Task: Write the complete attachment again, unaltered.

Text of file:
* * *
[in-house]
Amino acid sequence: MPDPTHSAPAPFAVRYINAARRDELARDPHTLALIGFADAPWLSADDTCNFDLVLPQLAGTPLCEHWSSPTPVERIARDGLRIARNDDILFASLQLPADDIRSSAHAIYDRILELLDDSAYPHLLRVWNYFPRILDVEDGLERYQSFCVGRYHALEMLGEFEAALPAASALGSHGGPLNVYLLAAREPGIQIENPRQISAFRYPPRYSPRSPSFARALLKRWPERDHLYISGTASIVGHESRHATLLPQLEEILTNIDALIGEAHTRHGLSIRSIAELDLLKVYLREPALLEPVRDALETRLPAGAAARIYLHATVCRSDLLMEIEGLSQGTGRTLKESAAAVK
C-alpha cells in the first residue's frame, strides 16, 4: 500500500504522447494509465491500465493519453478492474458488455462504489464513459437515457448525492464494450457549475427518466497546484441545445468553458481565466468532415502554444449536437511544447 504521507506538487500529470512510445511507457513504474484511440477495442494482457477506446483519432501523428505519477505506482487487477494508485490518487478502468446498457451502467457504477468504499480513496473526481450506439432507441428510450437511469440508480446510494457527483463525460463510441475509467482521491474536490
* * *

[in-house]
Amino acid sequence: MPDPTHSAPAPFAVRYINAARRDELARDPHTLALIGFADAPWLSADDTCNFDLVLPQLAGTPLCEHWSSPTPVERIARDGLRIARNDDILFASLQLPADDIRSSAHAIYDRILELLDDSAYPHLLRVWNYFPRILDVEDGLERYQSFCVGRYHALEMLGEFEAALPAASALGSHGGPLNVYLLAAREPGIQIENPRQISAFRYPPRYSPRSPSFARALLKRWPERDHLYISGTASIVGHESRHATLLPQLEEILTNIDALIGEAHTRHGLSIRSIAELDLLKVYLREPALLEPVRDALETRLPAGAAARIYLHATVCRSDLLMEIEGLSQGTGRTLKESAAAVK
C-alpha cells in the first residue's frame, strides 16, 4: 500500500504522447494509465491500465493519453478492474458488455462504489464513459437515457448525492464494450457549475427518466497546484441545445468553458481565466468532415502554444449536437511544447 504521507506538487500529470512510445511507457513504474484511440477495442494482457477506446483519432501523428505519477505506482487487477494508485490518487478502468446498457451502467457504477468504499480513496473526481450506439432507441428510450437511469440508480446510494457527483463525460463510441475509467482521491474536490